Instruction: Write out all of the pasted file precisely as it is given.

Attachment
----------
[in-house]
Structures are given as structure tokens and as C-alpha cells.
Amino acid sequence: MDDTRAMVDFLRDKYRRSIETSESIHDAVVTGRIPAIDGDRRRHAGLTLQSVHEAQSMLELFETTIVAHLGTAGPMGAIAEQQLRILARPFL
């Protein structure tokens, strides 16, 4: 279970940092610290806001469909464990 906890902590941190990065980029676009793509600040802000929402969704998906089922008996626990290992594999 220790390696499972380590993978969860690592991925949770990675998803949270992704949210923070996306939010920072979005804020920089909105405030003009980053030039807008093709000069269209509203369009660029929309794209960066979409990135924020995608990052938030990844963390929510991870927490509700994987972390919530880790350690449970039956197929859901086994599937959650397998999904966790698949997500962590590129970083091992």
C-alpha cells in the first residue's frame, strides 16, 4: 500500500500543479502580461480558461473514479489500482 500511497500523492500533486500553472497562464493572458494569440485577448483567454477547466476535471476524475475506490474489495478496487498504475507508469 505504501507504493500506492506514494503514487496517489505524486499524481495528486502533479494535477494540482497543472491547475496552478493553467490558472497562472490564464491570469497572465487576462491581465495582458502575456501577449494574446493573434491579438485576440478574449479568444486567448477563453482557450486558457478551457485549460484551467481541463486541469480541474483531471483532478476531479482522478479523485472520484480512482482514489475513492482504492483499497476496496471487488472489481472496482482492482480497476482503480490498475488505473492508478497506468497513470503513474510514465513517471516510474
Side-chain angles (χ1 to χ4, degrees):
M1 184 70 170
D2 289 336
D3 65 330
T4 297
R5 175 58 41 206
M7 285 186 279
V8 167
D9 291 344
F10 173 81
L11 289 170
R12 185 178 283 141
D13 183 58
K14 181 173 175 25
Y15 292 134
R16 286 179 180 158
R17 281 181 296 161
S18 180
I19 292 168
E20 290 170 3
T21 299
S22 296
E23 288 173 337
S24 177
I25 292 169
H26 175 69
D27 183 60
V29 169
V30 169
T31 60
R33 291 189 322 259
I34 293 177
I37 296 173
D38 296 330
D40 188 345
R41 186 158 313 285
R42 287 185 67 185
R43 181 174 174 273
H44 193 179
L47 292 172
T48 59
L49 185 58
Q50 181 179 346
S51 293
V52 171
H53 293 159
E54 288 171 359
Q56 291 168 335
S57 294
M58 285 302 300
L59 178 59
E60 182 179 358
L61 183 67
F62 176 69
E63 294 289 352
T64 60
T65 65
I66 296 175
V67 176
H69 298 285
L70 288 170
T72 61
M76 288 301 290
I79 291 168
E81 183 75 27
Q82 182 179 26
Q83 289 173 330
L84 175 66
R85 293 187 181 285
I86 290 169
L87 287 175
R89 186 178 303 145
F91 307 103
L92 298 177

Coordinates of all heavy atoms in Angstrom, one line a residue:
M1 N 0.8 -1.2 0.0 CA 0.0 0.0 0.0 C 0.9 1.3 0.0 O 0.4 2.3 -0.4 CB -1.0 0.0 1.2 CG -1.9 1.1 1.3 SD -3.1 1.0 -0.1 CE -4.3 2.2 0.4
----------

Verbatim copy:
[in-house]
Structures are given as structure tokens and as C-alpha cells.
Amino acid sequence: MDDTRAMVDFLRDKYRRSIETSESIHDAVVTGRIPAIDGDRRRHAGLTLQSVHEAQSMLELFETTIVAHLGTAGPMGAIAEQQLRILARPFL
């Protein structure tokens, strides 16, 4: 279970940092610290806001469909464990 906890902590941190990065980029676009793509600040802000929402969704998906089922008996626990290992594999 220790390696499972380590993978969860690592991925949770990675998803949270992704949210923070996306939010920072979005804020920089909105405030003009980053030039807008093709000069269209509203369009660029929309794209960066979409990135924020995608990052938030990844963390929510991870927490509700994987972390919530880790350690449970039956197929859901086994599937959650397998999904966790698949997500962590590129970083091992």
C-alpha cells in the first residue's frame, strides 16, 4: 500500500500543479502580461480558461473514479489500482 500511497500523492500533486500553472497562464493572458494569440485577448483567454477547466476535471476524475475506490474489495478496487498504475507508469 505504501507504493500506492506514494503514487496517489505524486499524481495528486502533479494535477494540482497543472491547475496552478493553467490558472497562472490564464491570469497572465487576462491581465495582458502575456501577449494574446493573434491579438485576440478574449479568444486567448477563453482557450486558457478551457485549460484551467481541463486541469480541474483531471483532478476531479482522478479523485472520484480512482482514489475513492482504492483499497476496496471487488472489481472496482482492482480497476482503480490498475488505473492508478497506468497513470503513474510514465513517471516510474
Side-chain angles (χ1 to χ4, degrees):
M1 184 70 170
D2 289 336
D3 65 330
T4 297
R5 175 58 41 206
M7 285 186 279
V8 167
D9 291 344
F10 173 81
L11 289 170
R12 185 178 283 141
D13 183 58
K14 181 173 175 25
Y15 292 134
R16 286 179 180 158
R17 281 181 296 161
S18 180
I19 292 168
E20 290 170 3
T21 299
S22 296
E23 288 173 337
S24 177
I25 292 169
H26 175 69
D27 183 60
V29 169
V30 169
T31 60
R33 291 189 322 259
I34 293 177
I37 296 173
D38 296 330
D40 188 345
R41 186 158 313 285
R42 287 185 67 185
R43 181 174 174 273
H44 193 179
L47 292 172
T48 59
L49 185 58
Q50 181 179 346
S51 293
V52 171
H53 293 159
E54 288 171 359
Q56 291 168 335
S57 294
M58 285 302 300
L59 178 59
E60 182 179 358
L61 183 67
F62 176 69
E63 294 289 352
T64 60
T65 65
I66 296 175
V67 176
H69 298 285
L70 288 170
T72 61
M76 288 301 290
I79 291 168
E81 183 75 27
Q82 182 179 26
Q83 289 173 330
L84 175 66
R85 293 187 181 285
I86 290 169
L87 287 175
R89 186 178 303 145
F91 307 103
L92 298 177

Coordinates of all heavy atoms in Angstrom, one line a residue:
M1 N 0.8 -1.2 0.0 CA 0.0 0.0 0.0 C 0.9 1.3 0.0 O 0.4 2.3 -0.4 CB -1.0 0.0 1.2 CG -1.9 1.1 1.3 SD -3.1 1.0 -0.1 CE -4.3 2.2 0.4